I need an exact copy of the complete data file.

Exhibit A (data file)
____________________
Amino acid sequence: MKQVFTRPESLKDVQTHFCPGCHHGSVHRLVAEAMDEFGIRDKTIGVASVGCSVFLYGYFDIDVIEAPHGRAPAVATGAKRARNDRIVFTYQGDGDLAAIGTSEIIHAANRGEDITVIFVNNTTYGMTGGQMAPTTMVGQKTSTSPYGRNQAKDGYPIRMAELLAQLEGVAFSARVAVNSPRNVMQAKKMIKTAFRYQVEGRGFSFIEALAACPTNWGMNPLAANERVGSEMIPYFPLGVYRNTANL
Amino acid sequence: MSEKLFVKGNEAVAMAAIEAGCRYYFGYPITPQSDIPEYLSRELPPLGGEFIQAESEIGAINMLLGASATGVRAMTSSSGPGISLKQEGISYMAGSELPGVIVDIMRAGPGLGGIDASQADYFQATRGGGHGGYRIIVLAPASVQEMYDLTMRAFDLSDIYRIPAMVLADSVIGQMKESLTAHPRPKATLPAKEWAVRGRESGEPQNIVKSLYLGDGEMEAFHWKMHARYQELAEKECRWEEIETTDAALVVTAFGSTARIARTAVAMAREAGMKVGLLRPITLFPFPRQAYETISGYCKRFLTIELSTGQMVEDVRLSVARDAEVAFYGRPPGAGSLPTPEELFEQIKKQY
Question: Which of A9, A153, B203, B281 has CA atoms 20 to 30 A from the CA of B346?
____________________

Amino acid sequence: MKQVFTRPESLKDVQTHFCPGCHHGSVHRLVAEAMDEFGIRDKTIGVASVGCSVFLYGYFDIDVIEAPHGRAPAVATGAKRARNDRIVFTYQGDGDLAAIGTSEIIHAANRGEDITVIFVNNTTYGMTGGQMAPTTMVGQKTSTSPYGRNQAKDGYPIRMAELLAQLEGVAFSARVAVNSPRNVMQAKKMIKTAFRYQVEGRGFSFIEALAACPTNWGMNPLAANERVGSEMIPYFPLGVYRNTANL
Amino acid sequence: MSEKLFVKGNEAVAMAAIEAGCRYYFGYPITPQSDIPEYLSRELPPLGGEFIQAESEIGAINMLLGASATGVRAMTSSSGPGISLKQEGISYMAGSELPGVIVDIMRAGPGLGGIDASQADYFQATRGGGHGGYRIIVLAPASVQEMYDLTMRAFDLSDIYRIPAMVLADSVIGQMKESLTAHPRPKATLPAKEWAVRGRESGEPQNIVKSLYLGDGEMEAFHWKMHARYQELAEKECRWEEIETTDAALVVTAFGSTARIARTAVAMAREAGMKVGLLRPITLFPFPRQAYETISGYCKRFLTIELSTGQMVEDVRLSVARDAEVAFYGRPPGAGSLPTPEELFEQIKKQY
Question: Which of A9, A153, B203, B281 has CA atoms 20 to 30 A from the CA of B346?